Tuesday, February 28, 2006
Friday, February 24, 2006
Breaking: Wade bribed two more members
Mitchell Wade of MZM -- the guy who bribed Duke Cunningham -- apparently made illegal campaign donations to two other members of Congress. More soon.
Update II: CNN has the AP story. Key paragraph:
Wade, former president of defense contractor MZM Inc. in Washington, also acknowledged making nearly $80,000 in illegal campaign contributions in the names of MZM employees and their spouses to two other members of Congress, who were not identified. The lawmakers apparently were unaware the donations were illegal, according to court papers.
And San Diego Union-Tribune (their reporting has been amazing on this story) has more:
In a summary of the prosecution's case, Assistant U.S. Attorney Howard R. Sklamberg disclosed that Wade made about $80,000 in illegal campaign contributions in 2004 and 2006 to two members of Congress he did not name. The lawmakers were targeted because they had the potential to steer federal contracts to MZM.
Color me naive. How do you not know when this many fraudulent contributions come in? We're not talking about a donation here or there. Who are these members? Katherine Harris? Virgil Goode? John Doolittle? Others?
But the real question is, what did these members promise in return for the contributions?
DeLay's Pre-Primary Report
What do you see of note?
Here are some interesting notes:
No media expenses I can tell.
DeLay spent $92.01 for pest control on 2/8/06. I guess those cockroaches follow him everywhere, like homing pigeons.
He spent $3895 on rent in January and February. That seems very high.
He spent about $14,000 on telemarketing. Is this a fundraising expense, or voter conact?
He bought a dataset -- targeted voters -- from the NRA. Is the $962.01 fair market value? And another $2900 to Texas Right to Life PAC for list expenses.
He paid $110,000 to McGuirreWoods for legal fees. Why not the legal defense fund for this expense?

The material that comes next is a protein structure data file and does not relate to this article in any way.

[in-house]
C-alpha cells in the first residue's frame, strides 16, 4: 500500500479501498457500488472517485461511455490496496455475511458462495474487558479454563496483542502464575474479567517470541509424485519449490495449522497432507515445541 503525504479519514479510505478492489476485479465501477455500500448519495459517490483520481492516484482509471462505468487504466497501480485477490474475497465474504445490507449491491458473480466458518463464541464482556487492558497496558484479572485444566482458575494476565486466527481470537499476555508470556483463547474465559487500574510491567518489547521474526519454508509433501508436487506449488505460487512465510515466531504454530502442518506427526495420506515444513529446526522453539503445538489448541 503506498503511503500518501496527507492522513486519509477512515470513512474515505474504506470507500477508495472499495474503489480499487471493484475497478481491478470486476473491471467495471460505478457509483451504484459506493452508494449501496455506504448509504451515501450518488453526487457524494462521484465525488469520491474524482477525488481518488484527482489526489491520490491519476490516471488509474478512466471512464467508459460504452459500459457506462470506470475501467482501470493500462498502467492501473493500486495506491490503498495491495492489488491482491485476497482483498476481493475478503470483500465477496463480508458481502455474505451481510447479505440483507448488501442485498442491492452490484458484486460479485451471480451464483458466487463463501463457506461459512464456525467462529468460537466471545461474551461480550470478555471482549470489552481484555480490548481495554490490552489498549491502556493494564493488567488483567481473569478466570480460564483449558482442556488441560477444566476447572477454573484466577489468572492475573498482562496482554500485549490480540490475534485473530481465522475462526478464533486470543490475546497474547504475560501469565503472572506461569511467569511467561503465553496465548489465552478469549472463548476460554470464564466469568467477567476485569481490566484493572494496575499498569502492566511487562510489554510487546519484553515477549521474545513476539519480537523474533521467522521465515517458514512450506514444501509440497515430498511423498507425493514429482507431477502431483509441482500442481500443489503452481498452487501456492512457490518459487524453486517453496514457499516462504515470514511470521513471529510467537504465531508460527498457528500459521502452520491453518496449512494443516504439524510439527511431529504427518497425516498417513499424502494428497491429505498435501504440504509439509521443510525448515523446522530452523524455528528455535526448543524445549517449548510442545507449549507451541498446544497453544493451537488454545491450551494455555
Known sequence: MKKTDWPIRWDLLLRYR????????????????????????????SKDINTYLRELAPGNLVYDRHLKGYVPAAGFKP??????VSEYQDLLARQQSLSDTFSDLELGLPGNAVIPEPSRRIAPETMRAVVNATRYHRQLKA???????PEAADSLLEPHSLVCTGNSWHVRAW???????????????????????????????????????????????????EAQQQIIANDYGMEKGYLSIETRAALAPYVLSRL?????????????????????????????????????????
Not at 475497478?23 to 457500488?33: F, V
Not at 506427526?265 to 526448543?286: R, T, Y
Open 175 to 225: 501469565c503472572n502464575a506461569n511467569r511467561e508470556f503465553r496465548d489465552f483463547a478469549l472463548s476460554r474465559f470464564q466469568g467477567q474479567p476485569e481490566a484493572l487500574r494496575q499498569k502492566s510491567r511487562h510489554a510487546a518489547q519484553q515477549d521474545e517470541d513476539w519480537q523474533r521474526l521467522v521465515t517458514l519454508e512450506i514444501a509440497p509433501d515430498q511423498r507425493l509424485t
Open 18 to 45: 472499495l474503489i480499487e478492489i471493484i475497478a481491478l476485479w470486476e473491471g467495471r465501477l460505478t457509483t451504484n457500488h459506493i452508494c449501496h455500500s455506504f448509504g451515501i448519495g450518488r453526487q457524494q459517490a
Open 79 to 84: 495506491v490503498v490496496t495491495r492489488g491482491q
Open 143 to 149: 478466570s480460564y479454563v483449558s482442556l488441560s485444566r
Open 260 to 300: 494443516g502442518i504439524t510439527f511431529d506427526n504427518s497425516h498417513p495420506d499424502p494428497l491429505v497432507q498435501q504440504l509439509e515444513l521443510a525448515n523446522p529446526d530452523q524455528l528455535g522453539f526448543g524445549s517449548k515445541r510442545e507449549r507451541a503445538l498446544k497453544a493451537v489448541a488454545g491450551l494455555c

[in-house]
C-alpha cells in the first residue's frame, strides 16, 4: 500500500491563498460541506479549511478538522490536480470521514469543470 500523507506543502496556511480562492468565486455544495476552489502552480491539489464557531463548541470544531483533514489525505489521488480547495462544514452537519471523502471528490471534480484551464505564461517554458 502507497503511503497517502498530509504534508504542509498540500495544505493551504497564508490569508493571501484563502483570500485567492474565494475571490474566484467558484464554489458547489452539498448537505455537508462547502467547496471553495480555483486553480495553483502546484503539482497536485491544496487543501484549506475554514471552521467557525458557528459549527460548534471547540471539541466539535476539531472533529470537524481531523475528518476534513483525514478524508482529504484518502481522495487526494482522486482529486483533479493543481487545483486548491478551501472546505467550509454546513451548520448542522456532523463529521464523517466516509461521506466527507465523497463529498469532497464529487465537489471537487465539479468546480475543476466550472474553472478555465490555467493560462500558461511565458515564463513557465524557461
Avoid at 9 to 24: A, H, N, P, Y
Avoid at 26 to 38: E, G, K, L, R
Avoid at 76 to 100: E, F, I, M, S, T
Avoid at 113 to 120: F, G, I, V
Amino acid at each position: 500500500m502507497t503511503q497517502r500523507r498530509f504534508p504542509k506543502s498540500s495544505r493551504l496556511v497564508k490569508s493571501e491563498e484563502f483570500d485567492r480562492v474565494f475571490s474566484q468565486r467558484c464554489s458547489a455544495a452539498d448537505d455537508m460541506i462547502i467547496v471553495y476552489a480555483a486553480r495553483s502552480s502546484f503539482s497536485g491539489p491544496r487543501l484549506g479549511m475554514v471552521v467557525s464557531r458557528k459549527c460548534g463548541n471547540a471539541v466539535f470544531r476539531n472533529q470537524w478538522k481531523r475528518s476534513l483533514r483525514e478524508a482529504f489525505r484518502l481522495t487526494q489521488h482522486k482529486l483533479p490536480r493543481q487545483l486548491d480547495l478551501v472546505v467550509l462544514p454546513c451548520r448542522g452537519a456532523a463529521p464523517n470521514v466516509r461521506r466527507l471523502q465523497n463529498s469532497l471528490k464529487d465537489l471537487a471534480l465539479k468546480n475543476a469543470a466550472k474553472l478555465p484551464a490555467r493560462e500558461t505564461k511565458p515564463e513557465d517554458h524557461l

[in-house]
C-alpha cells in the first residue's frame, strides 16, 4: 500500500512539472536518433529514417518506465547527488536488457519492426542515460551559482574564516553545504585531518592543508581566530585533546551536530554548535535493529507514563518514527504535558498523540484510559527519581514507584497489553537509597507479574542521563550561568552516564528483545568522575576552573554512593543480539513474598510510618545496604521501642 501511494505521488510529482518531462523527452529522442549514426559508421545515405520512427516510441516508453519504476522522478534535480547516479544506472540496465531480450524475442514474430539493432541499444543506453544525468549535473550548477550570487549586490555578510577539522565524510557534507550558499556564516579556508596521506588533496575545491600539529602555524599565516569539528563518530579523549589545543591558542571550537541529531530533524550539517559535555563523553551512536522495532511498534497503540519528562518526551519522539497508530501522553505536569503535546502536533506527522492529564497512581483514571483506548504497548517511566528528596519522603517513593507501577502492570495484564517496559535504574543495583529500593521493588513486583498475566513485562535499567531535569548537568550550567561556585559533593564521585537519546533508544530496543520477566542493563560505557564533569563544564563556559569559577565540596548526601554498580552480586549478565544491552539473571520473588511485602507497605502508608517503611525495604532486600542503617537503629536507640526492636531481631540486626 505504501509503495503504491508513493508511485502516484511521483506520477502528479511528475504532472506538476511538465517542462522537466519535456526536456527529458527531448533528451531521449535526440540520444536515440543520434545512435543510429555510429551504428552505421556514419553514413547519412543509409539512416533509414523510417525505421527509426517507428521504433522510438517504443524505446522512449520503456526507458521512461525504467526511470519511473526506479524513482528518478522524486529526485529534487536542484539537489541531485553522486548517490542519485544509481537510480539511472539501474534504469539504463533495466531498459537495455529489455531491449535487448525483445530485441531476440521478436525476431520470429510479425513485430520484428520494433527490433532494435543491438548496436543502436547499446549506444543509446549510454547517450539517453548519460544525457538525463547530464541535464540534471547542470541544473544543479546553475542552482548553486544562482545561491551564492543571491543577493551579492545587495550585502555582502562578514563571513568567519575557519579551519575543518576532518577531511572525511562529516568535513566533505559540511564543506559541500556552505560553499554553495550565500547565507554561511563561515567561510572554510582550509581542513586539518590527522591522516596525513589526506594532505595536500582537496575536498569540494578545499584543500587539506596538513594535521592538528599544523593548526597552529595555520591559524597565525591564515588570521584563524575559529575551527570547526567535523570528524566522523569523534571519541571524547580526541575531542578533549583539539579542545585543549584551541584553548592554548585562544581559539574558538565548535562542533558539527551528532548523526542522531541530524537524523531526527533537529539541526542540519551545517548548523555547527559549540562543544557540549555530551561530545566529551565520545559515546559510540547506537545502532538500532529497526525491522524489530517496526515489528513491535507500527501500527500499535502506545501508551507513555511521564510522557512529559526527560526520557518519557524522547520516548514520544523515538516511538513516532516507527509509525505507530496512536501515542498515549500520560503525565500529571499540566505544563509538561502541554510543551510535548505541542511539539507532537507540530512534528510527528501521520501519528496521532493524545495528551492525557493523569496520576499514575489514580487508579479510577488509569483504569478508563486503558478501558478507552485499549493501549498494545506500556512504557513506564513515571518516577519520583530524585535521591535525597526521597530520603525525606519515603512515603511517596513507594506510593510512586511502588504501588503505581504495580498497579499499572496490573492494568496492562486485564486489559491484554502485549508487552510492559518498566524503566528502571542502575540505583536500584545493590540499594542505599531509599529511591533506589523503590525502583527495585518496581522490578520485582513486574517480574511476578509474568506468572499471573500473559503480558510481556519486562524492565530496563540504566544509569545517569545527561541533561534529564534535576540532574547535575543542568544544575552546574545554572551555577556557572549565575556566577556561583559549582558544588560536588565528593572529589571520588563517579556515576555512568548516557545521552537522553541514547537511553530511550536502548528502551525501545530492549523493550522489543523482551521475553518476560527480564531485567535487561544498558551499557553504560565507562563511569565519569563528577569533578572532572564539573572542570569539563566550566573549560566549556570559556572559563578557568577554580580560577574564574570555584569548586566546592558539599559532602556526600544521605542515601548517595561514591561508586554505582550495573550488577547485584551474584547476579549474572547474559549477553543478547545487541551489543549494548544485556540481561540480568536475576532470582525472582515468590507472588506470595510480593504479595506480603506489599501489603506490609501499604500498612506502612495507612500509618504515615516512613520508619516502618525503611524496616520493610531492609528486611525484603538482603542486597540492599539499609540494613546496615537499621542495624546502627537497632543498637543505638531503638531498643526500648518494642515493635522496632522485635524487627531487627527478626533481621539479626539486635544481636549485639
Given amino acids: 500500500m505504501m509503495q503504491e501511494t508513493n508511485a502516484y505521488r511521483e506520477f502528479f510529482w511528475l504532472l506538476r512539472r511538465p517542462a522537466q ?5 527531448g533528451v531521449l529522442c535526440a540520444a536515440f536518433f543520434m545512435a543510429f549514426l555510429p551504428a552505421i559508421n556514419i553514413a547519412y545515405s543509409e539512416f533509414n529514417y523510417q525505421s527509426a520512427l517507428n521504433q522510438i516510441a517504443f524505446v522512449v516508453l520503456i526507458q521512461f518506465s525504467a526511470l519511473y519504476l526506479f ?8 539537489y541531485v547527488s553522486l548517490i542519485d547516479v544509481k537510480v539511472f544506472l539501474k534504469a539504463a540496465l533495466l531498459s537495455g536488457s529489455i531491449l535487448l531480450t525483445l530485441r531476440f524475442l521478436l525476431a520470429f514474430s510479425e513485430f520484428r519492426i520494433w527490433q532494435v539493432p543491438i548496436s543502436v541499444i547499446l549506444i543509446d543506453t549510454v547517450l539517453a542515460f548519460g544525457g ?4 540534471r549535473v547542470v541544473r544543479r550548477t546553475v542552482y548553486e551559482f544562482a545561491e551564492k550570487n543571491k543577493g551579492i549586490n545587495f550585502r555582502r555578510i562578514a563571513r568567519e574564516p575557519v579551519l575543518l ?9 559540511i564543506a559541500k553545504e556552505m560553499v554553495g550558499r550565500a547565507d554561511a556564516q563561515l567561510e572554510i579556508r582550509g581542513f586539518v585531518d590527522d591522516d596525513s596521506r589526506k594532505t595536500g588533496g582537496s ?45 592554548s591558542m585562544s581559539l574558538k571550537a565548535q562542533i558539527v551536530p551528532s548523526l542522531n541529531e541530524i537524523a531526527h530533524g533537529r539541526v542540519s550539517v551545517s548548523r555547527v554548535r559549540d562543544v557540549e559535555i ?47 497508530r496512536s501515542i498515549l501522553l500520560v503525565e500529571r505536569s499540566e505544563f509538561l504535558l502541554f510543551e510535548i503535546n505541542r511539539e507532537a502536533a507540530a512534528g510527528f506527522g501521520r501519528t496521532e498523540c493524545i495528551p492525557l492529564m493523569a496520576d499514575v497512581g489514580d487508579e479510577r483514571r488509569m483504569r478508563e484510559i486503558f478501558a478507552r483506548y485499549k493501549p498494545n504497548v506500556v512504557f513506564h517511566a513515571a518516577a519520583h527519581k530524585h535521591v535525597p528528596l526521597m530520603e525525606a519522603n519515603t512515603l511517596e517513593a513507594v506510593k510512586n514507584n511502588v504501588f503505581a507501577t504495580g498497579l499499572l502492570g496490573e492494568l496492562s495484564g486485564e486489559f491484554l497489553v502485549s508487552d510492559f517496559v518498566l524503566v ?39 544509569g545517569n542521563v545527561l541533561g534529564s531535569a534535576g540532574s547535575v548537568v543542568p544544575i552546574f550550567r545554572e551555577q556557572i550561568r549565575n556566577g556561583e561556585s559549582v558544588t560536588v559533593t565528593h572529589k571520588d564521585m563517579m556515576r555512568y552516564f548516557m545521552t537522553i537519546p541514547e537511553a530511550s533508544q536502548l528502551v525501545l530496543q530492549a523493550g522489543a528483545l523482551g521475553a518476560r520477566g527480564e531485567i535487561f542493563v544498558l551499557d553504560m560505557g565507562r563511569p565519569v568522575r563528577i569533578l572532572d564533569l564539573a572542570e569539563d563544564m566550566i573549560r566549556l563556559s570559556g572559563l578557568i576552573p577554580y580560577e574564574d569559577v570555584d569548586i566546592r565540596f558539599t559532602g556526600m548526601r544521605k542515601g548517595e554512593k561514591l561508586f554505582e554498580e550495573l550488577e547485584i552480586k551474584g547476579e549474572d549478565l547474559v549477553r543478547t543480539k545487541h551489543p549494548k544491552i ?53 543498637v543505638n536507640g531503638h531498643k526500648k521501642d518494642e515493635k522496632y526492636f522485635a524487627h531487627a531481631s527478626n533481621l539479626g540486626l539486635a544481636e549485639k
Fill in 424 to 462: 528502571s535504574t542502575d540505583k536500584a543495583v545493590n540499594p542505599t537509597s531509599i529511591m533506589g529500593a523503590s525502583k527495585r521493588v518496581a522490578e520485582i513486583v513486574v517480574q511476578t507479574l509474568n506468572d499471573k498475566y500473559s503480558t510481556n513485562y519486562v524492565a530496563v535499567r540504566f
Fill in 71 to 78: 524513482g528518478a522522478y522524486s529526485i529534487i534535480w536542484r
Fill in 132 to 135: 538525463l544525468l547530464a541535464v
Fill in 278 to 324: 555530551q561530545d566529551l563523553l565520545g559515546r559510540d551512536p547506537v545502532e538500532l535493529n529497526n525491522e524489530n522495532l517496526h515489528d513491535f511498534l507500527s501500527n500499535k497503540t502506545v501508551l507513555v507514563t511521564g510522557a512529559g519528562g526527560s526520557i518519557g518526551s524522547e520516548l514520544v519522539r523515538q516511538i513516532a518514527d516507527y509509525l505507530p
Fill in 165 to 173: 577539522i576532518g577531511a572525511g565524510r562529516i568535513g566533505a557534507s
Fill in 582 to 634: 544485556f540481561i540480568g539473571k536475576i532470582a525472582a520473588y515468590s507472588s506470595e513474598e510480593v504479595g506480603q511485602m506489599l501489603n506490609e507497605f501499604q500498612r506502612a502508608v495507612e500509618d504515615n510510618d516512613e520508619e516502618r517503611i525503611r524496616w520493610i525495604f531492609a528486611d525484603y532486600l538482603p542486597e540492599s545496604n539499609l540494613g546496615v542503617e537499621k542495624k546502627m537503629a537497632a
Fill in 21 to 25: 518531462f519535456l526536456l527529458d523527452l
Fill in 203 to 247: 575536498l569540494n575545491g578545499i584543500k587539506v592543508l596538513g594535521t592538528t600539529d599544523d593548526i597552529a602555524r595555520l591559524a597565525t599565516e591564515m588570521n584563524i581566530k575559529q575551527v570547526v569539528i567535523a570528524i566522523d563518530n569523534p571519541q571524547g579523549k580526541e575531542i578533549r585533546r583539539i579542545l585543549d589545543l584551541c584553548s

He spent more than $16,000 on direct mail and thousands more in postage -- I guess that's the 8-page letter.
Bill Moyers' Speech: Saving Democracy
Bill Moyers has been barnstorming California on an eight-day speaking tour focusing his considerable intellect and voice on the scandals in Washington and what we can do to clean up politics.
Public Campaign's (and Daily DeLay's!) very own Nancy Watzman and Micah Sifry helped in the drafting of the speech, and we are proud to post it on our affiliated site over at Public Campaign.
Please forward it to friends, family, colleagues, and associates right away.
Here are some snippets:
On the urgency of the fight to clean up politics:
The great progressive struggles in our history have been waged to make sure ordinary citizens, and not just the rich, share in the benefits of a free society. Yet today the public may support such broad social goals as affordable medical coverage for all, decent wages for working people, safe working conditions, a secure retirement, and clean air and water, but there is no government 'of, by, and for the people' to deliver on those aspirations. Instead, our elections are bought out from under us and our public officials do the bidding of mercenaries. Money is choking democracy to death. So powerfully has wealth shaped our political agenda that we cannot say America is working for all of America.
On Tom DeLay and Jack Abramoff:
DeLay was a man on the move and on the take. But he needed help to sustain the cash flow. He found it in a fellow right wing ideologue named Jack Abramoff. Abramoff personifies the Republican money machine of which DeLay with the blessing of the House leadership was the major domo. It was Abramoff who helped DeLay raise those millions of dollars from campaign donors that bought the support of other politicians and became the base for an empire of corruption. DeLay praised Abramoff as 'one of my closest friends.' Abramoff, in turn, told a convention of college Republicans, 'Thank God Tom DeLay is majority leader of the house. Tom DeLay is who all of us want to be when we grow up.'
On the cost of corruption and sacrifice:
There are, as I said, no victimless crimes in politics. The cost of corruption is passed on to you. When the government of the United States falls under the thumb of the powerful and privileged, regular folks get squashed.
This week I visited for the first time the Museum of the Presidio in San Francisco. From there American troops shipped out to combat in the Pacific. Many never came back. On the walls of one corridor are photographs of some of those troops, a long way from home. Looking at them, I wondered: Is this what those Marines died for on the Marianas – for sweatshops, the plunder of our public trust, the corruption of democracy? Government of the Abramoffs, by the DeLays, and for the people who bribe them?
I don't think so.
Read the entire speech – it will take you a little while, but it's worth it. And then get back to work to fight against the greed and for real reform.